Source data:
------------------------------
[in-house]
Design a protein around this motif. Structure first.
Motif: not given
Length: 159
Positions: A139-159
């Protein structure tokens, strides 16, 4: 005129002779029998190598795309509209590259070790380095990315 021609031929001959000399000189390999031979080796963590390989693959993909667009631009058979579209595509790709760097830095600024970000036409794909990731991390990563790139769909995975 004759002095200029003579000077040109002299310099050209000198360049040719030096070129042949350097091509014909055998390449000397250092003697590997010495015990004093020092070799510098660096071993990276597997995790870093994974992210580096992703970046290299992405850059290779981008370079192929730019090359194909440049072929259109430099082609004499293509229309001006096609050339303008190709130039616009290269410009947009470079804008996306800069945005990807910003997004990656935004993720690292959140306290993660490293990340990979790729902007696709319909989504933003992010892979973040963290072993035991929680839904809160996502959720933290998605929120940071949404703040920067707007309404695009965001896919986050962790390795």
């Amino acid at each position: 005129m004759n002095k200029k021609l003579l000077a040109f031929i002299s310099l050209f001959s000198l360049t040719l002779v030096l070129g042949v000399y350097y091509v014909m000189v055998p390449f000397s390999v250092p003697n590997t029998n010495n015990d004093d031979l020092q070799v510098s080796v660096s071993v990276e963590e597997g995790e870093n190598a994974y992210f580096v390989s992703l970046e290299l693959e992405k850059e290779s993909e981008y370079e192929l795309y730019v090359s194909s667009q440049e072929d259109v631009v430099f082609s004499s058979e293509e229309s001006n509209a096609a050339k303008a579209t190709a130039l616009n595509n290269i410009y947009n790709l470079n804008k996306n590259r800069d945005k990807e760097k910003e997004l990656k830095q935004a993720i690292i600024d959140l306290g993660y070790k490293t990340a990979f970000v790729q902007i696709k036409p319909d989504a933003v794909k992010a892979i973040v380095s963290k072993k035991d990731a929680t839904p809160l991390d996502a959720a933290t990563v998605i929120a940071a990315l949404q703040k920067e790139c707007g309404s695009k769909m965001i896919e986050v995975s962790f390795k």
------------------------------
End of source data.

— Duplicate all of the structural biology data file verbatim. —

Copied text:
[in-house]
Design a protein around this motif. Structure first.
Motif: not given
Length: 159
Positions: A139-159
């Protein structure tokens, strides 16, 4: 005129002779029998190598795309509209590259070790380095990315 021609031929001959000399000189390999031979080796963590390989693959993909667009631009058979579209595509790709760097830095600024970000036409794909990731991390990563790139769909995975 004759002095200029003579000077040109002299310099050209000198360049040719030096070129042949350097091509014909055998390449000397250092003697590997010495015990004093020092070799510098660096071993990276597997995790870093994974992210580096992703970046290299992405850059290779981008370079192929730019090359194909440049072929259109430099082609004499293509229309001006096609050339303008190709130039616009290269410009947009470079804008996306800069945005990807910003997004990656935004993720690292959140306290993660490293990340990979790729902007696709319909989504933003992010892979973040963290072993035991929680839904809160996502959720933290998605929120940071949404703040920067707007309404695009965001896919986050962790390795």
């Amino acid at each position: 005129m004759n002095k200029k021609l003579l000077a040109f031929i002299s310099l050209f001959s000198l360049t040719l002779v030096l070129g042949v000399y350097y091509v014909m000189v055998p390449f000397s390999v250092p003697n590997t029998n010495n015990d004093d031979l020092q070799v510098s080796v660096s071993v990276e963590e597997g995790e870093n190598a994974y992210f580096v390989s992703l970046e290299l693959e992405k850059e290779s993909e981008y370079e192929l795309y730019v090359s194909s667009q440049e072929d259109v631009v430099f082609s004499s058979e293509e229309s001006n509209a096609a050339k303008a579209t190709a130039l616009n595509n290269i410009y947009n790709l470079n804008k996306n590259r800069d945005k990807e760097k910003e997004l990656k830095q935004a993720i690292i600024d959140l306290g993660y070790k490293t990340a990979f970000v790729q902007i696709k036409p319909d989504a933003v794909k992010a892979i973040v380095s963290k072993k035991d990731a929680t839904p809160l991390d996502a959720a933290t990563v998605i929120a940071a990315l949404q703040k920067e790139c707007g309404s695009k769909m965001i896919e986050v995975s962790f390795k």